Gibson Les Paul Traditional vs Standard: Which is Yours?

Who doesn’t want to get a Gibson guitar? And, who doesn’t want to own a Gibson Les Paul. Such an iconic guitar, everyone wants to have one. Yet, the challenge now is to choose Gibson Les Paul Traditional vs Standard.

From the name of the guitar itself, it was Les Paul who designed this for Gibson. The Gibson Les Paul becomes the first solidbody electric guitar with great features that were never found in the existing guitars. It became an icon ever since.

Gibson Les Paul – Background

If you can trace back history, the Gibson Les Paul has evolved throughout the years. The first release of the Les Paul was in 1952, featuring a mahogany body and two (2) P-90 single-coil pickups. Then came the Les Paul Custom in 1953, a black guitar with gold-plated hardware. It has the famous Tune-o-matic bridge, and they got new pickups, the humbuckers in 1957.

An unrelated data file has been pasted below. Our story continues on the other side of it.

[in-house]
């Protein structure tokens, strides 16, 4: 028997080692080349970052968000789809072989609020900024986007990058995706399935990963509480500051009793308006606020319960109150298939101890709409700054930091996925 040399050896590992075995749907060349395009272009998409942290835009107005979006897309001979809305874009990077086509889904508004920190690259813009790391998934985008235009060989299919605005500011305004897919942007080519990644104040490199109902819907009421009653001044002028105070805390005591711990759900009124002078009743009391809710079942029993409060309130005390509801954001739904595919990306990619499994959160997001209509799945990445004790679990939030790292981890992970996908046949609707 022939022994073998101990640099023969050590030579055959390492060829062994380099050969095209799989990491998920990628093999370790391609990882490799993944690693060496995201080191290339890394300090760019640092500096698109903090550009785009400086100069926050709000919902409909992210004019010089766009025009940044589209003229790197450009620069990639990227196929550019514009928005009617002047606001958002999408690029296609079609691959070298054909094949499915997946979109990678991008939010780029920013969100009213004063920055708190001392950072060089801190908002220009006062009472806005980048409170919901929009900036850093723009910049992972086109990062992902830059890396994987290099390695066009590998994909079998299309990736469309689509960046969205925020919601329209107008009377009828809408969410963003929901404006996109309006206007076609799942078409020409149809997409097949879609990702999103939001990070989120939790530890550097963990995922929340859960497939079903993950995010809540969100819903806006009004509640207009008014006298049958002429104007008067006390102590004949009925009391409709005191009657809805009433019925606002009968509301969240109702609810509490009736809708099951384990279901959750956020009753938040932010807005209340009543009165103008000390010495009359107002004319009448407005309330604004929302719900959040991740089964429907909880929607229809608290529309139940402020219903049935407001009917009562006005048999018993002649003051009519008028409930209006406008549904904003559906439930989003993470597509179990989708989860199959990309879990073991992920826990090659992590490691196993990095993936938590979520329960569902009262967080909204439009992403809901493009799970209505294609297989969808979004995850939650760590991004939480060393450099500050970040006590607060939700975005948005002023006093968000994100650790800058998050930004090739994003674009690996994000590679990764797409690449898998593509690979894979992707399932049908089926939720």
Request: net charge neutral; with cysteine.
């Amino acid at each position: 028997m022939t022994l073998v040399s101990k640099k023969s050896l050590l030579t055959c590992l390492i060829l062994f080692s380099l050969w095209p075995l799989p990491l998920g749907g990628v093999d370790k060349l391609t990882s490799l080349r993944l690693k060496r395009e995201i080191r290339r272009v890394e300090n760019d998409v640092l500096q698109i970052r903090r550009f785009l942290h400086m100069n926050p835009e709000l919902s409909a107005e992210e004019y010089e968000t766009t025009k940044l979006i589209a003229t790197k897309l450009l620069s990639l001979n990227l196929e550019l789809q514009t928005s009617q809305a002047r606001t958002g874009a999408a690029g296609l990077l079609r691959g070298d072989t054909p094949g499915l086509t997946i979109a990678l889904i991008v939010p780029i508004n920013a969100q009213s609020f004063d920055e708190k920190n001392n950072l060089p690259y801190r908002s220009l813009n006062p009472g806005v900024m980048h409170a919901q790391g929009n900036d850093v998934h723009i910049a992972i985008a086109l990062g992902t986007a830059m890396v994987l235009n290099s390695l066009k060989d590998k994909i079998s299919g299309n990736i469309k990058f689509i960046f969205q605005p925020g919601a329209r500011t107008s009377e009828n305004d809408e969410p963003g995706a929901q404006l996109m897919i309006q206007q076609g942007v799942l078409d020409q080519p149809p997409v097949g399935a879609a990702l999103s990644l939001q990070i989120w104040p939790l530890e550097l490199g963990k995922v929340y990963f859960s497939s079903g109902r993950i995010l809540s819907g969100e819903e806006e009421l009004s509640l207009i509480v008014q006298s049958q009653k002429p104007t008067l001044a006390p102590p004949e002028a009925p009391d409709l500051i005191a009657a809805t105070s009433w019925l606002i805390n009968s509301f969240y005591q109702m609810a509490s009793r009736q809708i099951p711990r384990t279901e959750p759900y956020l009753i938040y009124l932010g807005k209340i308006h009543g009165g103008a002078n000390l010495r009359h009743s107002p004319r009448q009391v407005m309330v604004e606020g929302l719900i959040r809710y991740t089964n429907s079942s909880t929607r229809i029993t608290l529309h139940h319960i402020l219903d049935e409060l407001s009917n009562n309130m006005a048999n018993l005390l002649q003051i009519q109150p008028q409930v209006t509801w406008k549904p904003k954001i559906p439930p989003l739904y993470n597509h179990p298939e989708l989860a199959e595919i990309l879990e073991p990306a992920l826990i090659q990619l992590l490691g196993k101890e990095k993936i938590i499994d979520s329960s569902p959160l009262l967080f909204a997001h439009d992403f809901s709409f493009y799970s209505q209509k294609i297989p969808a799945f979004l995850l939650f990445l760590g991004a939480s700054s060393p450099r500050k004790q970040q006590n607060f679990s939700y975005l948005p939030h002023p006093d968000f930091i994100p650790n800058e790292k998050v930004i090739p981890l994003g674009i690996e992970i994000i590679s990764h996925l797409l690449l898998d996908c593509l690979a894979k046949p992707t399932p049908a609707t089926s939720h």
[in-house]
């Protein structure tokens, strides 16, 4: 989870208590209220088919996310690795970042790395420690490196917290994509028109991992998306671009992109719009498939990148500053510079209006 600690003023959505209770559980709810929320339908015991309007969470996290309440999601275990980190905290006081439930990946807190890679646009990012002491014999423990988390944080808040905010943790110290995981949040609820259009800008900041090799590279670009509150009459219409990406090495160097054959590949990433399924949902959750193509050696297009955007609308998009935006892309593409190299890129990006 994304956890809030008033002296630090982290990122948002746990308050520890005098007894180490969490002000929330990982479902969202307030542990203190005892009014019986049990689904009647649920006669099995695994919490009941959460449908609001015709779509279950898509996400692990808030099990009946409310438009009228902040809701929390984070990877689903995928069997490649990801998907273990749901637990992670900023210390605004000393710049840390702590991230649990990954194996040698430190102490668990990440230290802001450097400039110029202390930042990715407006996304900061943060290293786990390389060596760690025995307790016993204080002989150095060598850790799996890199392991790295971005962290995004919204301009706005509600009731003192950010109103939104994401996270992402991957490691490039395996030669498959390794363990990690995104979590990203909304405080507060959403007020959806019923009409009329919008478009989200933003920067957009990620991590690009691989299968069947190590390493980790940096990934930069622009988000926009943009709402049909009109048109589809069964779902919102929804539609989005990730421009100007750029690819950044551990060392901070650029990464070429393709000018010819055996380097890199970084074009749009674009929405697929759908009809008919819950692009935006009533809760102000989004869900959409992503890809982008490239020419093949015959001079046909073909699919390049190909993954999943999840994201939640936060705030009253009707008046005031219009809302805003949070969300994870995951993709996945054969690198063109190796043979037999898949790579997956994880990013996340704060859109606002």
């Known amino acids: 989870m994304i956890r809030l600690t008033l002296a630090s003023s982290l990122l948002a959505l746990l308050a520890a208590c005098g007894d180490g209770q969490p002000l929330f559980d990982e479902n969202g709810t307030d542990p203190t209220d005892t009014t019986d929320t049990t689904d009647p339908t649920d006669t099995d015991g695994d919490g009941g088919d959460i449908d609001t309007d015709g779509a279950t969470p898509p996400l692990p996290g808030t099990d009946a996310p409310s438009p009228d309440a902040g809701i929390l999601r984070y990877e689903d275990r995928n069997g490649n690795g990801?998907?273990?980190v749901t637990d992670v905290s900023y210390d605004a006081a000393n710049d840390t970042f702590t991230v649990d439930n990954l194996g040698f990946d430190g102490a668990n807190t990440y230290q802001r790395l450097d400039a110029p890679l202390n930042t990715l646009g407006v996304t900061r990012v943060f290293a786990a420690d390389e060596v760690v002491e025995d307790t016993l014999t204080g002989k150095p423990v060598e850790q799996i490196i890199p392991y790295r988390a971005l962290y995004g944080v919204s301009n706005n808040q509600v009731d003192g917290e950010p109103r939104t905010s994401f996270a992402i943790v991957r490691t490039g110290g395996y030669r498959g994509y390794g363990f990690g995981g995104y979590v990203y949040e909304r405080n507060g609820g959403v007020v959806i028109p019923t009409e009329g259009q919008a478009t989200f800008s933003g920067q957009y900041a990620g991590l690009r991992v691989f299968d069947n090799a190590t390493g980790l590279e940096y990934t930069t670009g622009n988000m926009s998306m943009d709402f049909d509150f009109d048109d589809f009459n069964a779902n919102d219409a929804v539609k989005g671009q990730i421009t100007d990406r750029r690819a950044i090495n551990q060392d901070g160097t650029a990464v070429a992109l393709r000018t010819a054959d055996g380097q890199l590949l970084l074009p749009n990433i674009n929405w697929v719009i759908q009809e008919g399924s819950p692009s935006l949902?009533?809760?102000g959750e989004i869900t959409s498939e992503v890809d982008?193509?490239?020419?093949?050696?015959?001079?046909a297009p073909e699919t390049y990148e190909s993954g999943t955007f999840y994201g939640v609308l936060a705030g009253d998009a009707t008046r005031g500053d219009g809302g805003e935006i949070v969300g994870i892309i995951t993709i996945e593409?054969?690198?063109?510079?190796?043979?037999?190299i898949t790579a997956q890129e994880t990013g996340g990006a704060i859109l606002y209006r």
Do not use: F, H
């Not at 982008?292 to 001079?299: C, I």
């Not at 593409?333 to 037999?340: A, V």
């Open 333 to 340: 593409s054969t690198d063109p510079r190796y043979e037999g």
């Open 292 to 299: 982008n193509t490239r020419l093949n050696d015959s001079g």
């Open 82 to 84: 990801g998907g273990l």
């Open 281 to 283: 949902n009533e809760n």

Gibson Les Paul Standard came around 1958 which had a few major changes, although retaining some great aspects of its predecessors. In 1961, the traditional Les Paul models were phased out to give way to the more stunning models, the SG. However, shortly after, they started to produce the Standard models again, which has gained more popularity with Eric Clapton, Jimmy Page and other famous artists using it.

Over the years, Gibson Les Paul has been redesigned and to date, you can see popular variants like the ‘Standard,’ ‘Traditional,’ ‘Classic,’ ‘Special,’ and ‘Studio.’ Standard and Traditional versions are among the most interesting. So, this article will focus on unraveling the differences between the two and, which is perfect for you.